Read any good (Vista) books lately?
Now that many of you have upgraded to Vista, or bought new computers that come with it pre-installed, you may be looking for a good book to help you navigate all the changes in the interface and new features. I recently read Windows Vista Inside Out from Microsoft Press, written by Ed Bott, Carl Siechert and Craig Stinson, and found it to be a comprehensive manual (over 1000 pages) that will help you master the basics without making an avocation of hunting through the Help files. You can get it from Amazon at a great price here.
Decreased performance on multiple processor computers running XP SP2
If you’re running Windows XP with Service Pack 2 on a multi-processor system that supports processor power management features, you may find that performance is slow or that you encounter other unexpected behavior. If this happens, you need the update that can be downloaded from the link in KB article 896256.
Change Analysis Diagnostic Tool for XP
If you want to track changes made to certain parts of the operating system, you can download the Change Analysis Diagnostic Tool, which scans the computer and displays recent changes to software programs, hotfixes and downloads from Windows Update, Browser Helper Objects, drivers, ActiveX controls and changes to loaded applications and startup objects. More information and a download link are available in KB article 924732.
Deepfish aims to make mobile web browsing better
If you’ve tried to visit traditional web sites with Pocket Internet Explorer and other web browsers made for smart phones and Pocket PCs, you know it can be a less-than-pleasant experience. But that may change soon. It’s still in early beta testing, but Microsoft’s Deepfish technology is expected to making browsing the web on your mobile phone or handheld computer a lot more like surfing on your desktop computer. You can read more about it and view a demo here.
Bring your computer to work, give up your privacy?
The 10th Circuit Court of Appeals ruled last week that if you bring a personally owned computer to work and connect it to the network, you give up your expectation of privacy for the data stored on that computer. The case came about as the result of a warrantless search of a personally owned computer in the workplace that was found to contain child pornography. A key point was that the owner of the computer didn’t use a password to prevent others from accessing it. The password functions much like placing a “no trespassing” sign on your property – it demonstrates your intention that the land or computer be private. Read more about the case here.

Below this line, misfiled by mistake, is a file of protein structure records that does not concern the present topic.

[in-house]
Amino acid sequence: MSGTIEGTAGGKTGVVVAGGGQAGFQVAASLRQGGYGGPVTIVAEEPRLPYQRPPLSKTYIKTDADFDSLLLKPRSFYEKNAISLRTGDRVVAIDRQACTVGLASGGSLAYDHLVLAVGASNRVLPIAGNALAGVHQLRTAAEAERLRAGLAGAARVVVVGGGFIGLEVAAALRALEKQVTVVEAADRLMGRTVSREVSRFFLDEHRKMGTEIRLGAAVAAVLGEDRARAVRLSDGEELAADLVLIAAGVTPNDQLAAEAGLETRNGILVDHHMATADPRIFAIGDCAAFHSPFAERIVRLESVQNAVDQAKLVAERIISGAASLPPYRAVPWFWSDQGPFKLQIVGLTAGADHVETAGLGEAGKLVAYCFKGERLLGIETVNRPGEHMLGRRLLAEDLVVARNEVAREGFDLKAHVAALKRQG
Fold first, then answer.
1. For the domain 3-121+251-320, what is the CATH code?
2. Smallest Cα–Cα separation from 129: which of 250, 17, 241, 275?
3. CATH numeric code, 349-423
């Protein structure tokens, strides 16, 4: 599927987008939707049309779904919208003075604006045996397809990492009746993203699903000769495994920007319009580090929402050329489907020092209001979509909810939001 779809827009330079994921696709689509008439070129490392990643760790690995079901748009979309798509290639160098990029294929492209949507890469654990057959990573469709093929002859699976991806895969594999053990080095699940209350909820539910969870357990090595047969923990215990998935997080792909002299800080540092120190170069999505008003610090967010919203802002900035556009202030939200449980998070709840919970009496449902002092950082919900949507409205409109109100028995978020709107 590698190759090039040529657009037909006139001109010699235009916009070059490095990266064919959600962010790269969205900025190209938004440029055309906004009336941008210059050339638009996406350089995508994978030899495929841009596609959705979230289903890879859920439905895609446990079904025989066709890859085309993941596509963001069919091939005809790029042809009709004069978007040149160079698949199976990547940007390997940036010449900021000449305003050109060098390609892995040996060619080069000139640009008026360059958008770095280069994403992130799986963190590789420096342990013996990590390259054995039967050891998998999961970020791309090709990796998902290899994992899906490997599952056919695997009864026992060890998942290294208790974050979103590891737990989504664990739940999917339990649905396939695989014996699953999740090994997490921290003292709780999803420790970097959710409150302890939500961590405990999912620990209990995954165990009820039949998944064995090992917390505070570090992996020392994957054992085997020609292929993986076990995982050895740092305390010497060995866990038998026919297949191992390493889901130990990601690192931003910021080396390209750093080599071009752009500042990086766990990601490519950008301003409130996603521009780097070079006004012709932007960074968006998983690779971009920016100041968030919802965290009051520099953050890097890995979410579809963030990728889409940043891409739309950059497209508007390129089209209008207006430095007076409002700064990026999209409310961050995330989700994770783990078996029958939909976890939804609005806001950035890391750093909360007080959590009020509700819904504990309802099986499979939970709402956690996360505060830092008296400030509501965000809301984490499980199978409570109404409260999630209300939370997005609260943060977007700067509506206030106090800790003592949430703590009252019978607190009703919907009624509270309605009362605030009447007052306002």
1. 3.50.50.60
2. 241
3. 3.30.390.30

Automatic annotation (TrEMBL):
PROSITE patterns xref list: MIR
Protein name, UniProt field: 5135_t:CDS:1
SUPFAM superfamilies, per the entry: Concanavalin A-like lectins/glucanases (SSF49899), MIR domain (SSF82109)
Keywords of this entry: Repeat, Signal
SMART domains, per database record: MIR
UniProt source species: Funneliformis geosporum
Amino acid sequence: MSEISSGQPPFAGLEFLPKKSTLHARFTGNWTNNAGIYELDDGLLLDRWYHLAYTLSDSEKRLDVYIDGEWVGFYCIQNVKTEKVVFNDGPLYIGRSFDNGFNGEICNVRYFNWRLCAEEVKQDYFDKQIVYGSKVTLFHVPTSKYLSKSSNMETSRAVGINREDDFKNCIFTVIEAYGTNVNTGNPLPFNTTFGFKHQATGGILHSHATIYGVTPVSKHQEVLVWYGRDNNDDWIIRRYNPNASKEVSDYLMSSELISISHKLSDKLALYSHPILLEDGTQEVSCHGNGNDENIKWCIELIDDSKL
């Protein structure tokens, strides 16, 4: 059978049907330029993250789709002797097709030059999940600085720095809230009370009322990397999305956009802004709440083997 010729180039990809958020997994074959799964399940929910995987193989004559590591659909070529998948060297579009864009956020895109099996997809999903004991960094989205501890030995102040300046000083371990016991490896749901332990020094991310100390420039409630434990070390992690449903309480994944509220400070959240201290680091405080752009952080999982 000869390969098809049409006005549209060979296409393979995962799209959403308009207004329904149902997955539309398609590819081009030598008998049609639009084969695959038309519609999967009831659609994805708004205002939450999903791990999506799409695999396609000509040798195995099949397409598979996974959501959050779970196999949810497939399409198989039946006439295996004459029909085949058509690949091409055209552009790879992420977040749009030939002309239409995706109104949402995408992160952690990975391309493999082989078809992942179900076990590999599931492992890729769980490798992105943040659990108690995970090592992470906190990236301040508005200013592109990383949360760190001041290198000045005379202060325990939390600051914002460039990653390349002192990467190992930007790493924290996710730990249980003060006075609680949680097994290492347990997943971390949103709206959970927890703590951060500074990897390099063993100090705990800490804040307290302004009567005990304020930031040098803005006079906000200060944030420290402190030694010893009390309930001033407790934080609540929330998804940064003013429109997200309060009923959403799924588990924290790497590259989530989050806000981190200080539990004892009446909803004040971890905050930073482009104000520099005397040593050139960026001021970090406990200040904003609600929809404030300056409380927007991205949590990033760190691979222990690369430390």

Transferring files and settings from another computer to Vista
If you upgrade your current computer from XP to Vista, it will keep all your data where it belongs and most applications should work. But if you buy a new machine, or wipe the hard drive and start over with Vista, you can use the Easy Transfer Wizard to port your data and configuration settings to the new machine. Just run the Vista installation DVD on the XP system and select Transfer Files and Settings From Another Computer. Or if you don’t have the installation disc, you can run the wizard on the new computer and copy the program files to a USB drive or burn them to CD or DVD to run on the XP machine.
This feature will migrate files and folders, email and contacts, user preferences (such as wallpaper, taskbar options, accessibility options, network printers), Internet settings and Favorites and application settings for Microsoft programs and a large number of third party products. For more info on how to use the Easy Transfer Wizard, click here.
How to save keystrokes in IE
Typing URLs into the address bar of the web browser can get tedious, but you don’t always have to type that entire address. You probably already know that IE automatically adds “http://” when you begin a URL with “www” but did you know that it will add “http://www” to the beginning and “.com” to the end of whatever you’ve typed if you then press CTRL+ENTER? So, to go to my web site at www.debshinder.com, you only have to type “debshinder” and then hit CTRL+ENTER, saving a number of keystrokes (Note that this also works in Firefox 126.96.36.199).
How to completely clean out the Temp folder in Vista
If you use the Disk Cleanup utility in Vista to clean out your Temp folder, you may be unknowingly leaving hundreds of files there, because it only lists the files that are more than a week old. If you want to adopt a “no temp file left behind” policy, you have to empty the folder manually. Here’s how:
- Click Start and in the Search box, type %temp%
- This will open the Temp folder, which is located by default in the Users
AppDataLocal path on the drive where Vista is installed.
- Manually highlight all files by pressing CTRL+A.
- Press Delete or right click and select Delete from the context menu.
User question: Can’t hide inactive icons anymore in XP
Suddenly I can’t hide the inactive icons on the system tray anymore. The check box to hide them is checked, and it worked just a few days ago, but suddenly it doesn’t work. I’m using XP. It’s not a major problem but it’s annoying. Can you help?
ANSWER: Try this: Right click the taskbar and select Properties Customize. If you see that all the items there are set to “Hide when inactive,” set one of them to “Always hide.” If the system tray then starts working normally, you can reset the item back to “Hide when inactive” and it should continue to hide and display normally. This has worked for a number of other users. If this doesn’t work, you might try restoring the system to a system restore point made prior to the occurrence of the problem.
Troubleshooting Vista upgrade error messages
Microsoft has created a collection of links to KB articles that pertain to various error messages you may encounter when upgrading to Vista. See the list in KB article 930743.
Until next week,